I found your site where other people worked on their washers . I removed the front & rear panels. at the front I found that removing the rubber tub seal was easy, then I removed the 3 agitaters that cover the nuts that hold the tub to the support drive shaft ,I saved the plastic shims nuts & washers then removed the tub,I removed the drive wheel, I put the bolt & washers back in the shaft end & knocked it out with a 1lb hammer.I removed the motor and all the hoses also the front & rear WeightsI left the switches connected to the wires, for everything I removed including screws I taped them all to the parts that they camefrom .Then I knocked out the rear bearing with a 8" long 1/2'dia.piece of steel rod taking care to drive evenly around the circomference of the bearing. the front bearing was in 2 pieces with the bearings in a pile inside the hub because of the spacer between the bearings there was not a lot of bearing to hit but eventually it came out I saved the spacer & the rear bearing clip & cleaned them up for reuse.The face of the crap metal insert was badly corroded ,I cleaned it and all surfaces inside the hub with a wire brush in my drillmotor I found bearings at an industrial store and found NO problem matching the old bearings I ordered the lipseal kit from Part select It came with 2 seals & dubious instrutions I found the revised seal did not fit my support shaft but the other one did ,it comes in 2 parts that are stuck together with grease pry them apart with e small screw driver. I then tapped the new bearings in rear first then the spacer. then the front bearing I tapped it in enough to get it started then I inserted a cardboard toilet roll center folded enough to go in through the spacer & the rear bearing this lined up the parts so the shaft will go throughafter the bearings & new seal were in I used a marine silicon to put over the corroded face & made shure that it snugged up to the seal ,sealing it good I let it set for 24 hrs Then I putthe shaft back onto the tub put the agataters back on, then put the outer shell with the new bearings back in place connected the hoses, the weights, the switches, the wire clips,the motor,hooked up the springs ,inserted the tub, put the drive wheel back on the shaft then the belt , then put all the front panels back and IT ALL WORKED. total cost $36.00 for bearings $53.00 for the seal kit so about $90.00 total & two weeks at about a couple of hours a day .shure beats $650.00 + $300.00 at a repair facility . GOOD LUCK .IAN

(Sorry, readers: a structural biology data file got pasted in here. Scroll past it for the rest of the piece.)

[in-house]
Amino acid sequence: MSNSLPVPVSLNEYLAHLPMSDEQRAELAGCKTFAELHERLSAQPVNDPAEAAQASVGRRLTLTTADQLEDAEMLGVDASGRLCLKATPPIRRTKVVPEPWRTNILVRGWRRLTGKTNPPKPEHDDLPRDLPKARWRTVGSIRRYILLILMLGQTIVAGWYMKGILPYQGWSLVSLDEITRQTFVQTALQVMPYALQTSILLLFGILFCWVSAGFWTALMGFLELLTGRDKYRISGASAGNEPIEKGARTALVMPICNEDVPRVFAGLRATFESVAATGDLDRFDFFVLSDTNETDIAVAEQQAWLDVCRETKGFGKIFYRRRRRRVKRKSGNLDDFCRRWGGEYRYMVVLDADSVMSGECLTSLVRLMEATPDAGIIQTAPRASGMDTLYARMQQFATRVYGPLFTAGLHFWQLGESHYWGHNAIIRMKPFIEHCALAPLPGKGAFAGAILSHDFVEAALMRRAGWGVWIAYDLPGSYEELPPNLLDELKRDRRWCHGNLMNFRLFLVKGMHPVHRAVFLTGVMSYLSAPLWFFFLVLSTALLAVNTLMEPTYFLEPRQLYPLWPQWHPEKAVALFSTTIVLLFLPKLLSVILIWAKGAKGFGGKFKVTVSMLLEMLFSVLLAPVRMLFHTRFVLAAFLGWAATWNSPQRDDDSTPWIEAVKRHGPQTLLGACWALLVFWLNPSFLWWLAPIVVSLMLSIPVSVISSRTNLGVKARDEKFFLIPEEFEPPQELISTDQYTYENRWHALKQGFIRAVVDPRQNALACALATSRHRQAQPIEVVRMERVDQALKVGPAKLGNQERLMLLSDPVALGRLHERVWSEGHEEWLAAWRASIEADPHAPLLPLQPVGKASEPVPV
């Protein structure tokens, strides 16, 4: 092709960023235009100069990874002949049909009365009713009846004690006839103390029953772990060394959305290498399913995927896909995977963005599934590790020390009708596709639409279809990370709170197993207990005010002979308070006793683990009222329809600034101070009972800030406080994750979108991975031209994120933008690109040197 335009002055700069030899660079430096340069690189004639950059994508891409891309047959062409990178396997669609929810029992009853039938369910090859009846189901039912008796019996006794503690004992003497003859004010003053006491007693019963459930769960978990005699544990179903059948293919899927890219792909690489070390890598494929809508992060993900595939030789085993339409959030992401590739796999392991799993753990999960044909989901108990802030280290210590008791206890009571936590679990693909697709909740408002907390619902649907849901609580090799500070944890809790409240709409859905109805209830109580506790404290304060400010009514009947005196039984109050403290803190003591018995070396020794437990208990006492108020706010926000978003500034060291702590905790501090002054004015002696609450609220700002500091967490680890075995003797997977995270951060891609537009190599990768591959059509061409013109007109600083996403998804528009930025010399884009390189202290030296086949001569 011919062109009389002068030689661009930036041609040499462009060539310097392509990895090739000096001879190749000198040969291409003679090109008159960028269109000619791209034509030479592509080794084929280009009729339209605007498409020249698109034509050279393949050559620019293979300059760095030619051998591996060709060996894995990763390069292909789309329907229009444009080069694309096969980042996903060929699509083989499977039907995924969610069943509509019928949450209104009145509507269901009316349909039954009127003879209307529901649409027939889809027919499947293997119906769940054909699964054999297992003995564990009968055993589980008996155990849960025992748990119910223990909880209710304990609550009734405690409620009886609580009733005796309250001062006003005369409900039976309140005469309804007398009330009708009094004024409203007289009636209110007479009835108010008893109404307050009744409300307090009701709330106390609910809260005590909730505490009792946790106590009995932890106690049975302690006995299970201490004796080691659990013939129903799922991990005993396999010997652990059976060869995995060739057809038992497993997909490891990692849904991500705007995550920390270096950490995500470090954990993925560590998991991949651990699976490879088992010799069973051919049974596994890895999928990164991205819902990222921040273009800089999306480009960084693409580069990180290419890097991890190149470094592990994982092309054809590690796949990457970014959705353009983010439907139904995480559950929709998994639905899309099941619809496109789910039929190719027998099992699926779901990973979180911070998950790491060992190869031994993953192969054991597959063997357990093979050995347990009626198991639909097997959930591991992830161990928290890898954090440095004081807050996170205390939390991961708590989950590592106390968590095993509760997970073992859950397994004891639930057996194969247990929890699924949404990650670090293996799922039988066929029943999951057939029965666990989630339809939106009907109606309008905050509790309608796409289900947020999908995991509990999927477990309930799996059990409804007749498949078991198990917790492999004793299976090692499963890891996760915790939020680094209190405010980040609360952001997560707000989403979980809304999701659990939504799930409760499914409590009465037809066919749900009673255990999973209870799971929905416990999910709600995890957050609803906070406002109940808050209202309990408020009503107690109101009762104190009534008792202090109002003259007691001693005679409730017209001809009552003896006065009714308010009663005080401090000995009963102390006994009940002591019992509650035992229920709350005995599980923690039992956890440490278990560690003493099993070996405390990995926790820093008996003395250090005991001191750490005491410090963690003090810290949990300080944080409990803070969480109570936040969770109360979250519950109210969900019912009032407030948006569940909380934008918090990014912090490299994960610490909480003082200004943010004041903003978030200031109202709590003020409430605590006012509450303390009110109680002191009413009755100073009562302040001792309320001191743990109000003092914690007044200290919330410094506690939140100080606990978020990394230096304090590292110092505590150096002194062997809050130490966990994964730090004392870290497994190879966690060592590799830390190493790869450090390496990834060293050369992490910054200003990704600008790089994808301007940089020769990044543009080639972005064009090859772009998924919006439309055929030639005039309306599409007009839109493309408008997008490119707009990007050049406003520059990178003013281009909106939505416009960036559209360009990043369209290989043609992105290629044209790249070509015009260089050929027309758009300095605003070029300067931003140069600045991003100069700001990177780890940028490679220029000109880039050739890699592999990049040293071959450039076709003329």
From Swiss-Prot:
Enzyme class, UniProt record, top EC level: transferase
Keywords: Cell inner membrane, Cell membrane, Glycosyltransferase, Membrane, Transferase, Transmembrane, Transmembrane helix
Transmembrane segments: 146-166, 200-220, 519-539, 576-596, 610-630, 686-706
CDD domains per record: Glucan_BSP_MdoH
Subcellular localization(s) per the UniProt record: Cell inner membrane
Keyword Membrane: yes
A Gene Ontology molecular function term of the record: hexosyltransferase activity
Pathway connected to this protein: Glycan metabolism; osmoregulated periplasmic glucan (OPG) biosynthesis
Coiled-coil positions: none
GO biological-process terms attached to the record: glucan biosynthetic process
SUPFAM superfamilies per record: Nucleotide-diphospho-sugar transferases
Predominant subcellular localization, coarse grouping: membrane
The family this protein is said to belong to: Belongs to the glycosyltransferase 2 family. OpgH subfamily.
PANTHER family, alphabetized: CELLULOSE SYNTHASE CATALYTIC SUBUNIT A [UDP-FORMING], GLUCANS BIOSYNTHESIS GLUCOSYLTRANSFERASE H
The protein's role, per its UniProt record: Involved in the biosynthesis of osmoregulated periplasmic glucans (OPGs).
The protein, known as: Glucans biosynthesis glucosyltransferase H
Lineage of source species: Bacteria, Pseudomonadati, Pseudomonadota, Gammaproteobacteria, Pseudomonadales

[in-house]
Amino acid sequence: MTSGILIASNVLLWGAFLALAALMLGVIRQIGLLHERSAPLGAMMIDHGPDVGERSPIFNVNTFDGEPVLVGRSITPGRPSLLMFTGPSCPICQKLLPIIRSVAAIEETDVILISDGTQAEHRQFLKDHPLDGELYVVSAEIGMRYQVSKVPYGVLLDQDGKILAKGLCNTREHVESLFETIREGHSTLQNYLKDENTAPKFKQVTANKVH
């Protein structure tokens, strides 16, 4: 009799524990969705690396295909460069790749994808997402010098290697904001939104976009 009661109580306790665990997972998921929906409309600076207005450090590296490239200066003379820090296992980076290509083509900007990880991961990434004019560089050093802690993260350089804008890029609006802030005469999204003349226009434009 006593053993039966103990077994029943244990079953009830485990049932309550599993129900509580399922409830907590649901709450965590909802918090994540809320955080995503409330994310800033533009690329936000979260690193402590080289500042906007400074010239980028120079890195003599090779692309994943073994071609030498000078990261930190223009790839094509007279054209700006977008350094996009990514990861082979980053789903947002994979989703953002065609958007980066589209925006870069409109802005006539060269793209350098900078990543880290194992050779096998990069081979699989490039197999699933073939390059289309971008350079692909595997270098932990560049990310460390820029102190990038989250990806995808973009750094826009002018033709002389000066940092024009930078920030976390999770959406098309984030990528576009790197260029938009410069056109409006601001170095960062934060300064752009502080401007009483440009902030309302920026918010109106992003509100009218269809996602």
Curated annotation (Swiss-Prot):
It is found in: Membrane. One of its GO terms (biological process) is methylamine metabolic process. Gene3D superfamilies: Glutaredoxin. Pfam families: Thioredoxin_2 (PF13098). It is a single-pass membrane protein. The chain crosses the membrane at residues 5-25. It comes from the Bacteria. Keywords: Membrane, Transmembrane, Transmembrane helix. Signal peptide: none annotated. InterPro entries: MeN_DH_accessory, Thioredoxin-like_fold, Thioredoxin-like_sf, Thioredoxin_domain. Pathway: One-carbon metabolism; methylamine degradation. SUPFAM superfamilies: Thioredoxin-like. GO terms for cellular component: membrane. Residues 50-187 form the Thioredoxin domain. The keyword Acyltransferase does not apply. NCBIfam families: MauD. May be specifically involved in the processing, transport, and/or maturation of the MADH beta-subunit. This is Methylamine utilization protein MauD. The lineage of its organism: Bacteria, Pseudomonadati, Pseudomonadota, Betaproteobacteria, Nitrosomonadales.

Ancillary Work when Replacing Noisey Tub Bearings

  • Customer: Glenn from San Jose, CA
  • Difficulty: Easy
  • Time to Complete: 15 - 30 mins
  • Tools Required: Screw drivers, Socket set, Wrench set
  • 10 of 17 people found this instruction helpful
The replacement for the drive belt and dispenser bezel were part of a bigger job of changing the outer tub bearings. Those familiar with Maytag Neptune washers will experience the jet-taking-off sound when the tub seals wear and water gets into the bearings. While I would have the machine open I thought I would change the drive belt. I also noticed the dispenser bezel had two of the four mounting corners broken.

Replacing the bearings was done. I purchased the bearings and rented a bearing puller made especially for this job

After the bearing and seal replacement, I put on the new belt. It was almost straight forward. Almost because the belt didn't just slip on. The new belt is much smaller than the old belt. Not having the grip strength of Mr. Atlas, I was not able to hold the belt on the pulley rim while turning the pulley around, as the instructions say. The other thing that makes this difficult is that the ribs on the outer tub are quite close to the spokes of the pulley. I was not able to firmly grasp around the belt and pulley with one hand and turn the pulley with the other. My knuckles seemed to get in the way (ouch!).

Being an electrical engineer, I happen to have cable ties handy. I used one to hold the belt on the pulley rim, and was able to turn the pulley with two hands (still watching out for my knuckles).

For the dispenser bezel, I took the old dispenser lid and hinge pins off the old bezel by cutting the bezel between the hinge points, then transferred them on the new one.

On the washer top cover, there was a lot rust around the dispenser opening. So before closing up the machine and installing the bezel, I removed the loose rust, then applied a rust converter. The rust converter was in an aerosol can, and since I was working on the washing machine inside the house and not wanting to make a mess, instead of spraying the cover, I sprayed onto a paper towel then dabbed the chemical onto the rusty spots. I finished with an appliance epoxy paint around the dispenser opening.